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The remarkable true story of Ivan, the gorilla at the centre of Disney’s new movie

Ivan was captured in the wild in the Congo. At the age of 3, he was sent off to live at a shopping center, where he spent 30 years in a solitary concrete encasement and be ogled at by humans.

MARWA HAMAD: Inspired by the remarkable true events that began in 1964 — and a popular children’s book of the same name — Disney’s latest live-action film tracks one silverback gorilla’s journey of self discovery, with a star-studded cast to bring his story to life… The film is an emotional, funny and subtle tale about cross-species friendship, the loneliness of captivity, the dangers of human intervention in the wild, and, ultimately, finding your passion and fighting for your freedom… But, who is the real Ivan, and what’s his story?…

Not many gorillas have their own Wikipedia and Facebook pages — but Ivan’s story was extraordinary, followed by thousands if not millions of people. Ivan spent 27 years living in a shopping mall in Tacoma, at one point even learning how to paint. It’s a story that would be considered bizarre an unusual for a human, but downright cruel for a 500 pound wild animal.

Ivan’s story began when he and six other gorillas were captured in the wild in the Congo, now Zaire, in 1964. They were ripped from their native land and sold to American businesses. All of the gorillas except for Ivan died in transit. (Female gorilla Burma died shortly after arrival due to pneumonia)…

Taken in by Ruben and Helen Johnston — and their 13-year-old son Larry — Ivan was raised nearly like a human toddler. His South Tacoma owners reportedly dressed him in diapers and spoon-fed him. But, by the age of three, he began to weigh more than 60 pounds (27kg) and it became too dangerous to keep him. In 1967, he was sent off to live at the B&I Shopping Centre in Tacoma, Washingon, where he spent nearly 30 years in a solitary concrete encasement measuring 14’ x 14’, where he was ogled at by human visitors.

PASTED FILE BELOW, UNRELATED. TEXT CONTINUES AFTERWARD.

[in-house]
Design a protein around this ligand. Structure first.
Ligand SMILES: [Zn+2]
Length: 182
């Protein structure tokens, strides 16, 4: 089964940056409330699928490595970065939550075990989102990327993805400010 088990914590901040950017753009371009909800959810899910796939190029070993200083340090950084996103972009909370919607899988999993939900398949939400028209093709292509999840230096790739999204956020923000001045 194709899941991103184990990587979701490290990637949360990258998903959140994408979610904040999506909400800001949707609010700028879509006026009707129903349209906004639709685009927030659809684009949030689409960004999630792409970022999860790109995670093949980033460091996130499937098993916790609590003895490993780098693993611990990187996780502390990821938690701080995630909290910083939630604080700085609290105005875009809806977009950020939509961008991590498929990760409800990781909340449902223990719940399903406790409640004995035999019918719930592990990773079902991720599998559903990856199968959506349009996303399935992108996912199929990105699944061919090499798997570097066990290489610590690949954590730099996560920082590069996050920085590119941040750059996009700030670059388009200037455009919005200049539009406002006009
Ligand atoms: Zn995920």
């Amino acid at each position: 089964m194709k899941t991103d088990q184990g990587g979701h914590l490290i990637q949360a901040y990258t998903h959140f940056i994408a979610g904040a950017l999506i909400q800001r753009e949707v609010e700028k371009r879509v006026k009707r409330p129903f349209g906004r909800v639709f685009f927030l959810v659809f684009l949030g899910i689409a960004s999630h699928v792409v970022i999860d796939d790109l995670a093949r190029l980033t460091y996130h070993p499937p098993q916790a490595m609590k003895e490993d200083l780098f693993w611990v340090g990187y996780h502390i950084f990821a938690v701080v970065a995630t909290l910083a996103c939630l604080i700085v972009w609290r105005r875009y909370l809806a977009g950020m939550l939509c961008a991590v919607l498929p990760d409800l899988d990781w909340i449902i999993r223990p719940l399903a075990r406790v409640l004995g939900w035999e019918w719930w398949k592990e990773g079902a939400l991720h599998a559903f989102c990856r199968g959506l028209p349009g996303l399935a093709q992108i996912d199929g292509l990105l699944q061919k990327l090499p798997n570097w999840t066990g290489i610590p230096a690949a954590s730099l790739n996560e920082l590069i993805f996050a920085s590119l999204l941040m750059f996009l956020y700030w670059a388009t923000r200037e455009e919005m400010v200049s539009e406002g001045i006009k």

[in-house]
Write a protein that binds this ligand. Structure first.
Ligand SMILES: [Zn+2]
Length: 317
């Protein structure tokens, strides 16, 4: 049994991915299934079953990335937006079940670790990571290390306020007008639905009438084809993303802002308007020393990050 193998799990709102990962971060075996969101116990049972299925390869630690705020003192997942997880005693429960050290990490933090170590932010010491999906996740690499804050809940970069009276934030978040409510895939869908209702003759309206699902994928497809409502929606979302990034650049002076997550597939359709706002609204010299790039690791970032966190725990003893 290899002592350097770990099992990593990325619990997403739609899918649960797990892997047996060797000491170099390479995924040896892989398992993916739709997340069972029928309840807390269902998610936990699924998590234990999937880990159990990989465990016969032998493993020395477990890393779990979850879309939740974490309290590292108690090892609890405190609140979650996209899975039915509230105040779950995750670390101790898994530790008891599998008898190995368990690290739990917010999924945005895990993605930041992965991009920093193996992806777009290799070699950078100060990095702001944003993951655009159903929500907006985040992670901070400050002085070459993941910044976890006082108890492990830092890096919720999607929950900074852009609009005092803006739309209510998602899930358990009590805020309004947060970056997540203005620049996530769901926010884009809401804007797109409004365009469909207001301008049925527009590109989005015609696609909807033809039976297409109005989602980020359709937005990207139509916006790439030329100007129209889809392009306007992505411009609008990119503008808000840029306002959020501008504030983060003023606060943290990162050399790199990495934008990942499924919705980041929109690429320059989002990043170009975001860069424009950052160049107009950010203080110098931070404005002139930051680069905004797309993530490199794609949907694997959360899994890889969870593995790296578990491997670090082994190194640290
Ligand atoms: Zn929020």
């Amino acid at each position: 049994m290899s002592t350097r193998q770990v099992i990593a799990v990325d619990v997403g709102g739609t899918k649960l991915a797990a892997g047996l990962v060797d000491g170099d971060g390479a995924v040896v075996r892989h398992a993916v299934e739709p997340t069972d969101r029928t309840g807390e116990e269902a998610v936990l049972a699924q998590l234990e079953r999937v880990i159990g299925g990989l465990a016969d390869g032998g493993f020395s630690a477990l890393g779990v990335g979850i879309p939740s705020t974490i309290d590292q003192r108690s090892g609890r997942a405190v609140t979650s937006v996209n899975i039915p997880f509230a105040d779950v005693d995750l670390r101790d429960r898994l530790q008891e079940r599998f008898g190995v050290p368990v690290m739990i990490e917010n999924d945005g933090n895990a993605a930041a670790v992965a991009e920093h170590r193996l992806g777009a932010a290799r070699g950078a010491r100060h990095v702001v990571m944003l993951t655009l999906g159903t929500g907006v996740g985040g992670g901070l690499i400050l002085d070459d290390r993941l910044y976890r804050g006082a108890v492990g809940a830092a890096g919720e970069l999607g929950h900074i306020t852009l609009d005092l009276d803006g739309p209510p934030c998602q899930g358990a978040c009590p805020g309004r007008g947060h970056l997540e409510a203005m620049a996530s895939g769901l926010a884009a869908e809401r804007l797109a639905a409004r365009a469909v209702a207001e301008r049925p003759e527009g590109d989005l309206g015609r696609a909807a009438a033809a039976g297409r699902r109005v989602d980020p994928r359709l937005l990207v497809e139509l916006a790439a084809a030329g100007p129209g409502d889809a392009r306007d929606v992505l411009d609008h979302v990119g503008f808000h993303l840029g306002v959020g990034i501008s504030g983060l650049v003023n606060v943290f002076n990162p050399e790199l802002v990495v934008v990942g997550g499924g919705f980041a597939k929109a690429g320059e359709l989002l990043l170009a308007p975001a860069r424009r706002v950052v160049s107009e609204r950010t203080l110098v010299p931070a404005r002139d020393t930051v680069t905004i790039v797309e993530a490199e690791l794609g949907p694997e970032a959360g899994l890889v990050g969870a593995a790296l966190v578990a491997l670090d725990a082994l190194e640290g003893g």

He was so attached to his teen companion Larry, however, that Larry had to sleep in a cot in Ivan’s cage for two-and-a-half months, separated by bars, until Ivan got used to being on his own. In his confined living situation, where he wasn’t able to interact with any other gorillas or even feel grass, Ivan eventually became withdrawn…

Protests for Ivan’s cause date back to 1987, when the animal rights group Progressive Animal Welfare Society (PAWS) picketed the mall and called for Ivan’s transfer to a zoo. They sued owner Ron Irwin under the endangered species act, though he argued that Ivan had been captured before the 1973 law was passed.

In 1991, the National Geographic Explorer featured Ivan in a documentary titled ‘The Urban Gorilla’, to show what solitary living can do to an animal like him compared to other members of his species living in the wild. Animal rights activists latched onto his cause and didn’t let go…

After a nearly seven year campaign to free him, Ivan set foot on grass for the first time in nearly three decades on March 16, 1995, reports PAWS on their website. Because Tacoma’s zoos wouldn’t take him in, he was transferred to the Woodland Park Zoo in Seattle temporarily, before he was moved to Zoo Atlanta in Atlanta, Georgia, where he spent the rest of his days. Ivan died at the age of 50 in 2012 during a medical procedure. SOURCE…

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